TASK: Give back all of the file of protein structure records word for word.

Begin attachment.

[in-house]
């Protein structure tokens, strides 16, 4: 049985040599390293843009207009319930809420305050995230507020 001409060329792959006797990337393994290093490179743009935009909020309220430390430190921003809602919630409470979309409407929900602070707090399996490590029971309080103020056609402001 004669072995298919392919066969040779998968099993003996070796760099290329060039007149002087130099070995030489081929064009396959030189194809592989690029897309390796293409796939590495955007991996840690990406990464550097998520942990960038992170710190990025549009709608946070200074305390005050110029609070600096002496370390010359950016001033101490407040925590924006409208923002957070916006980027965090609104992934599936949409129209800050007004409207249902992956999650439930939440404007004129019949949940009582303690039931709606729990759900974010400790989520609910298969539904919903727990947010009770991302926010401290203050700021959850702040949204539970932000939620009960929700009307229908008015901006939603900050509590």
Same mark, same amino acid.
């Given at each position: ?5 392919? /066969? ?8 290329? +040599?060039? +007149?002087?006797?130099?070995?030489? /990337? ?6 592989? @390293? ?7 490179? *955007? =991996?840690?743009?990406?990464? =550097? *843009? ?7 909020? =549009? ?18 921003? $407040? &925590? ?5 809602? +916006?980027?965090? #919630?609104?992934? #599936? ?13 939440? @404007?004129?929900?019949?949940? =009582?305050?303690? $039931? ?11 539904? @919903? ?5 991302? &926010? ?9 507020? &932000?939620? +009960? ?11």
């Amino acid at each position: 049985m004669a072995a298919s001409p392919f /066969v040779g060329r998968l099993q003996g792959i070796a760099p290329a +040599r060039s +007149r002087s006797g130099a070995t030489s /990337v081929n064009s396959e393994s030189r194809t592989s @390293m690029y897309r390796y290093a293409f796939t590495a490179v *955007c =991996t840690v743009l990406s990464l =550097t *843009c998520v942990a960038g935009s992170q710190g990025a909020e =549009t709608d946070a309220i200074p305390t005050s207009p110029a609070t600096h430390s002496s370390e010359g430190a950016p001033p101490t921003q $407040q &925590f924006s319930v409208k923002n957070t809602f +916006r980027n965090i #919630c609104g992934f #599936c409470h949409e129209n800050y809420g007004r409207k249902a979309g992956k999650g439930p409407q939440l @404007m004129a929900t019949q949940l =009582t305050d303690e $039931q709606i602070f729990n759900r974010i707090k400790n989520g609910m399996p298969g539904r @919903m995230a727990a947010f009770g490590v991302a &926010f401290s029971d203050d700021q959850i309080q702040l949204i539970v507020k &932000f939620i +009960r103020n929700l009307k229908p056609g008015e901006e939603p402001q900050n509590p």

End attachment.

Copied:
[in-house]
């Protein structure tokens, strides 16, 4: 049985040599390293843009207009319930809420305050995230507020 001409060329792959006797990337393994290093490179743009935009909020309220430390430190921003809602919630409470979309409407929900602070707090399996490590029971309080103020056609402001 004669072995298919392919066969040779998968099993003996070796760099290329060039007149002087130099070995030489081929064009396959030189194809592989690029897309390796293409796939590495955007991996840690990406990464550097998520942990960038992170710190990025549009709608946070200074305390005050110029609070600096002496370390010359950016001033101490407040925590924006409208923002957070916006980027965090609104992934599936949409129209800050007004409207249902992956999650439930939440404007004129019949949940009582303690039931709606729990759900974010400790989520609910298969539904919903727990947010009770991302926010401290203050700021959850702040949204539970932000939620009960929700009307229908008015901006939603900050509590």
Same mark, same amino acid.
């Given at each position: ?5 392919? /066969? ?8 290329? +040599?060039? +007149?002087?006797?130099?070995?030489? /990337? ?6 592989? @390293? ?7 490179? *955007? =991996?840690?743009?990406?990464? =550097? *843009? ?7 909020? =549009? ?18 921003? $407040? &925590? ?5 809602? +916006?980027?965090? #919630?609104?992934? #599936? ?13 939440? @404007?004129?929900?019949?949940? =009582?305050?303690? $039931? ?11 539904? @919903? ?5 991302? &926010? ?9 507020? &932000?939620? +009960? ?11």
């Amino acid at each position: 049985m004669a072995a298919s001409p392919f /066969v040779g060329r998968l099993q003996g792959i070796a760099p290329a +040599r060039s +007149r002087s006797g130099a070995t030489s /990337v081929n064009s396959e393994s030189r194809t592989s @390293m690029y897309r390796y290093a293409f796939t590495a490179v *955007c =991996t840690v743009l990406s990464l =550097t *843009c998520v942990a960038g935009s992170q710190g990025a909020e =549009t709608d946070a309220i200074p305390t005050s207009p110029a609070t600096h430390s002496s370390e010359g430190a950016p001033p101490t921003q $407040q &925590f924006s319930v409208k923002n957070t809602f +916006r980027n965090i #919630c609104g992934f #599936c409470h949409e129209n800050y809420g007004r409207k249902a979309g992956k999650g439930p409407q939440l @404007m004129a929900t019949q949940l =009582t305050d303690e $039931q709606i602070f729990n759900r974010i707090k400790n989520g609910m399996p298969g539904r @919903m995230a727990a947010f009770g490590v991302a &926010f401290s029971d203050d700021q959850i309080q702040l949204i539970v507020k &932000f939620i +009960r103020n929700l009307k229908p056609g008015e901006e939603p402001q900050n509590p």